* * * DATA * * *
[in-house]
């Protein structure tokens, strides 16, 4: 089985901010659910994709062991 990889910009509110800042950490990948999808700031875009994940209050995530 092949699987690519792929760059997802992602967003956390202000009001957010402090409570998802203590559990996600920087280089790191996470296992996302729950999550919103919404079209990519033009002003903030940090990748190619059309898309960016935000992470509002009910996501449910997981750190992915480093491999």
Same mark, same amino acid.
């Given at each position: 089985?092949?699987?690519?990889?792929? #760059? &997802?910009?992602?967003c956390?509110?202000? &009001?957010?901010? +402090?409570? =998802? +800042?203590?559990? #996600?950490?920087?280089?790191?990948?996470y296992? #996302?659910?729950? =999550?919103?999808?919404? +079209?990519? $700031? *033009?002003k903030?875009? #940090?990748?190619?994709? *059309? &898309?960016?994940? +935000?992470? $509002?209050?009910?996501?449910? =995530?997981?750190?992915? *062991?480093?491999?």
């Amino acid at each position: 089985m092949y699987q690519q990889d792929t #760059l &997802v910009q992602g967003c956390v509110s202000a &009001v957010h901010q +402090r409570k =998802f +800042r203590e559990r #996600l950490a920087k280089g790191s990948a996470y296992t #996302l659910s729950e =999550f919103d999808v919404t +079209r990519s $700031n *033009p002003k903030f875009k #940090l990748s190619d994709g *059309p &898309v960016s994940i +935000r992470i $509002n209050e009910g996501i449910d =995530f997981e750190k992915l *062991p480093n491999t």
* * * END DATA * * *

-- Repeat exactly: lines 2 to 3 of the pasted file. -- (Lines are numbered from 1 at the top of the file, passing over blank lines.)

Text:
């Protein structure tokens, strides 16, 4: 089985901010659910994709062991 990889910009509110800042950490990948999808700031875009994940209050995530 092949699987690519792929760059997802992602967003956390202000009001957010402090409570998802203590559990996600920087280089790191996470296992996302729950999550919103919404079209990519033009002003903030940090990748190619059309898309960016935000992470509002009910996501449910997981750190992915480093491999």
Same mark, same amino acid.